by Peter Schiff, Schiff Gold:
The minimum wage debate obscures a more significant problem in America. We don’t primarily have a wage problem. We have a money problem. Government devaluation of the dollar over the years has stolen money from average Americans. But instead of dealing with the core issue, the fight centers around wage policy and offers solutions that will just exacerbate the problems.
While we’re on the subject, a recent study by the Congressional Budget Office put a little bit of a damper on the “Fight for 15” minimum wage initiative.
The nonpartisan government body projected that increasing the minimum wage would boost pay for about 17 million workers, but it would eliminate up to 3.7 million jobs. The median job-loss – the number you probably saw touted in headlines – was estimated at 1.3 million.
The CBO concluded that the job losses would have the biggest impact on women, workers without high school degrees and part-time employees. According to a report published by The Hill on the study, the CBO estimated that a $15 minimum wage would reduce family incomes by $9 billion.
None of this should come as any surprise. The fundamental economic laws of supply and demand tell us that artificially raising the wage level will decrease the demand for low-wage employees. From this simple economic truth, we can safely say that employment levels for low-skilled workers will be lower with a higher minimum wage than it otherwise would have been. The CBO study confirms this reality. But we really didn’t need a study to tell us this.
Raising the minimum wage might be good politics, but it’s bad economics. As with any government policy, it will produce winners and losers. People who keep their jobs will benefit from higher wages. But some people will suddenly have their wages cut to zero. Advocates of government intervention love to highlight the winners, but they sweep the losers under the rug.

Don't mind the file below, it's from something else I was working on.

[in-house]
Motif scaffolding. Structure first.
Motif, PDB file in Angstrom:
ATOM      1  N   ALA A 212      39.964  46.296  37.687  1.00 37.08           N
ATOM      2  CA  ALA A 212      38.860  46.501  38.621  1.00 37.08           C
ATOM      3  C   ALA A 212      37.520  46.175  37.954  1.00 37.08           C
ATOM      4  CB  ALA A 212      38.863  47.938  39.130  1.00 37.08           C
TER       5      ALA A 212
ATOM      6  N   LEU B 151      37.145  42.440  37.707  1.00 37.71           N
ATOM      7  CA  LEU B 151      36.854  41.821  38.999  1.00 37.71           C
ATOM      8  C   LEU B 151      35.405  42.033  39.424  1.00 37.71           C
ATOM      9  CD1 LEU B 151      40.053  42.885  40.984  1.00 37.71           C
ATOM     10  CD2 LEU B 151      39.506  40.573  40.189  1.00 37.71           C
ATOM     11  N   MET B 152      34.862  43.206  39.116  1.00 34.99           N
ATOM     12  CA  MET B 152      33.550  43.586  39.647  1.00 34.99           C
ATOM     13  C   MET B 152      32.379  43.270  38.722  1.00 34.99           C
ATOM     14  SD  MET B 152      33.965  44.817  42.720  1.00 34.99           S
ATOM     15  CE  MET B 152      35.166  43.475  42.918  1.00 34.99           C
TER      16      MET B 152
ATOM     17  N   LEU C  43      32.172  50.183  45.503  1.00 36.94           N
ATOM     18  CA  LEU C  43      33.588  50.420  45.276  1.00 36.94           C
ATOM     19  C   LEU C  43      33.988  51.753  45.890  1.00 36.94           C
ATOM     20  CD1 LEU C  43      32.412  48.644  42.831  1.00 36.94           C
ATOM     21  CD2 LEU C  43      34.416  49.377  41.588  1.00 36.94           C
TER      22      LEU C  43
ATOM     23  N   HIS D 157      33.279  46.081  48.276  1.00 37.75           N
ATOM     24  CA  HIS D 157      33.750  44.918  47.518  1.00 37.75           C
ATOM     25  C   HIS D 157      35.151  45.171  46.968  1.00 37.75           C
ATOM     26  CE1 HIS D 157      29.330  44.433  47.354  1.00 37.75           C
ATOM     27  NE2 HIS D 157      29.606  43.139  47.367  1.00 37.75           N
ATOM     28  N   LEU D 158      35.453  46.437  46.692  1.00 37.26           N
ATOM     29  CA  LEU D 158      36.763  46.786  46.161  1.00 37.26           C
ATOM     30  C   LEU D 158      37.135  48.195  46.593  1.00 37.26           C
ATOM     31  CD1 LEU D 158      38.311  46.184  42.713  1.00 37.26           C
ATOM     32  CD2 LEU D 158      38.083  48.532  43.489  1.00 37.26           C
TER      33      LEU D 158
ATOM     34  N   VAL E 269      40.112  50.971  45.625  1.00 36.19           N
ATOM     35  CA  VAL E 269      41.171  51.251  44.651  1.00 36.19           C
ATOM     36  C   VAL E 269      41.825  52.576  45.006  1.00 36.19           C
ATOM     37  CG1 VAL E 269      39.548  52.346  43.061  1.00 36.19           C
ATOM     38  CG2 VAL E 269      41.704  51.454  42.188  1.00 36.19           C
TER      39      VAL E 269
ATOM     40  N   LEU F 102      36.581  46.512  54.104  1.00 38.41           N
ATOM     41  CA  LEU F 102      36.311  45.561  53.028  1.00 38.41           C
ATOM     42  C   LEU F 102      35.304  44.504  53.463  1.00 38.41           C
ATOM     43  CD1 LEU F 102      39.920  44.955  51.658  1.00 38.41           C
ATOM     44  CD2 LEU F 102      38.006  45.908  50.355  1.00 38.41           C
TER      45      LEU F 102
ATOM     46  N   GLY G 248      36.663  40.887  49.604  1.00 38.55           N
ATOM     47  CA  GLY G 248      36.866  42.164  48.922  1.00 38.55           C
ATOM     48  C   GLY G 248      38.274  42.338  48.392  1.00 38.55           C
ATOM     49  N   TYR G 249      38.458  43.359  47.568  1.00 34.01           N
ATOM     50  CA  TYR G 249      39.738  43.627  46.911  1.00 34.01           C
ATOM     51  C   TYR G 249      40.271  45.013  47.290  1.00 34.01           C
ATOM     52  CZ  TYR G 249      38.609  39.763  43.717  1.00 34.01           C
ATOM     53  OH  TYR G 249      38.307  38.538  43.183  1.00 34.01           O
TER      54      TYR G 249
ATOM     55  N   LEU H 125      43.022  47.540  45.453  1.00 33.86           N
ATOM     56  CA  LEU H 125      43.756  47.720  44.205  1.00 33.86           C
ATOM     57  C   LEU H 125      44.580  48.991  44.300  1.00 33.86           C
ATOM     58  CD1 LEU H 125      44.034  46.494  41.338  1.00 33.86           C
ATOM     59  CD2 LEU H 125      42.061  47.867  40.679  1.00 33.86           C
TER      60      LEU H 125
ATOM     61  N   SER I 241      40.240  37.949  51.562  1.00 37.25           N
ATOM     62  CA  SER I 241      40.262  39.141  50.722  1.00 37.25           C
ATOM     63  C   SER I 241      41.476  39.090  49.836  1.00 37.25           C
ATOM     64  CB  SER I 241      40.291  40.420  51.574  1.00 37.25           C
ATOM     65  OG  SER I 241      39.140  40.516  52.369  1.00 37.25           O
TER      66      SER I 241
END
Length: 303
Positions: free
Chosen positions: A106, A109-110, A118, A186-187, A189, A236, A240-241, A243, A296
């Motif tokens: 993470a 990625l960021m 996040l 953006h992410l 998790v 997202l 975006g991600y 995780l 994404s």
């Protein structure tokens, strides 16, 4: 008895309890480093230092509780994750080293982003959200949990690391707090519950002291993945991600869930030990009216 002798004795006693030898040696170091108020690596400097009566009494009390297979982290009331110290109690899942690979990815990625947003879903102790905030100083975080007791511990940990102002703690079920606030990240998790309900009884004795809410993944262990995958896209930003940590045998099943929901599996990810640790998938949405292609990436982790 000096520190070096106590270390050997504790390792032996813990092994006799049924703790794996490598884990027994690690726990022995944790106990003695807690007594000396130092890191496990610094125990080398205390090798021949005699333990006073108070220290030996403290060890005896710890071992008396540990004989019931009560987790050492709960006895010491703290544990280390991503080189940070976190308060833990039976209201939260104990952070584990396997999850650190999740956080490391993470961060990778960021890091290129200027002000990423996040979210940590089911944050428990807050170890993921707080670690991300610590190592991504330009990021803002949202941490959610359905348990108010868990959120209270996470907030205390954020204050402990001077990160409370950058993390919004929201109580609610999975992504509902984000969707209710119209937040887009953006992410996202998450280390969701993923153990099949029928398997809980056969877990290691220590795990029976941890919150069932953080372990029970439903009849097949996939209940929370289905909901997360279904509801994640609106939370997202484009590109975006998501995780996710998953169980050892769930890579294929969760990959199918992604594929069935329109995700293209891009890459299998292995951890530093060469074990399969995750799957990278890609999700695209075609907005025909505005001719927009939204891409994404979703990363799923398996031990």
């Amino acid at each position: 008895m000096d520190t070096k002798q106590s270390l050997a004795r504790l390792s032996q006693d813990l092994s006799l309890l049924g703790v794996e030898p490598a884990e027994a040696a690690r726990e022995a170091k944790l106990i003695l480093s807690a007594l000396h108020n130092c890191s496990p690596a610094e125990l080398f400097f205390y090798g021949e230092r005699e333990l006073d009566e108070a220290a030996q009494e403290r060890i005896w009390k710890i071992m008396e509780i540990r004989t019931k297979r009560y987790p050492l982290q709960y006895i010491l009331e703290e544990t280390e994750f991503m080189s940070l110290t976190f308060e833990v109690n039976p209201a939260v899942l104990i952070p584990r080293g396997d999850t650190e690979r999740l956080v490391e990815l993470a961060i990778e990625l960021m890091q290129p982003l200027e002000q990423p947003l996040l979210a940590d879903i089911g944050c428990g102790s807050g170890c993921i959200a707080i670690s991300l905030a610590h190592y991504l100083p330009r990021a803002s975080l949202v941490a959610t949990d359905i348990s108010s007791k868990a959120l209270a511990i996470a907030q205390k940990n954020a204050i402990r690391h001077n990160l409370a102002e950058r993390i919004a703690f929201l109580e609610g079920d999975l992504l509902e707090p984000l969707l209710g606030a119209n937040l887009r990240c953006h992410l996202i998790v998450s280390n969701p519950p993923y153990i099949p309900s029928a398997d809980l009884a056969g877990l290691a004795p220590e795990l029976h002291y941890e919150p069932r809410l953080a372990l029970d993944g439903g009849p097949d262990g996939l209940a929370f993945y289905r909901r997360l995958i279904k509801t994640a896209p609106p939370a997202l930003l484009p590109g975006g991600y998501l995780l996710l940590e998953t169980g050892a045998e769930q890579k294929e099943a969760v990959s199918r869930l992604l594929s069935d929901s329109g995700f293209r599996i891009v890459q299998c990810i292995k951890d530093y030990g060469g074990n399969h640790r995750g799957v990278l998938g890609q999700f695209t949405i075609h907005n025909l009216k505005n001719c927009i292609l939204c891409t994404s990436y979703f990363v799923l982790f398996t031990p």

But we shouldn’t lose track of the fact that minimum wage advocates seek to solve a legitimate problem facing American workers: their dollars buy less and less every year. But simply mandating employers fork over more dollars is a little like putting a band-aid on an amputation. It doesn’t do anything to address the underlying problem.
Our money is broken, and we need to fix it.
The US government’s monetary policy devalues our currency, and that means less purchasing power for you and me. Simply put, when the government debases the currency, a dollar no longer buys the same amount of stuff it once did. Quantitative easing debases the currency and the Federal Reserve has engaged in the practice for years.
So, what does this have to do with wages? Well, consider this: in 1964, the minimum wage stood at $1.25. To put it another way, a minimum wage worker earned five silver quarters for every hour worked. Today, you can’t even buy a cup of coffee with those five quarters.
But the silver melt-value of those five quarters today stands at around $14.80
That’s getting close to your $15 per hour minimum wage.
This vividly illustrates currency debasement. In terms of purchasing power, the value of the silver remains relatively stable, but the value of a dollar shrinks. The long-term rise in the price of silver reflects this reality. It’s the very reason people buy silver and buy gold.
Now flip things around. Today, it takes 60 quarters to make up the $15 minimum wage advocates want. If you paid that in 1964 silver quarters, the value of the metal would be over $175.
This demonstrates why precious metals are good investments. Silver and gold retain their value as paper currencies continue to debase – thus raising prices over the long-term.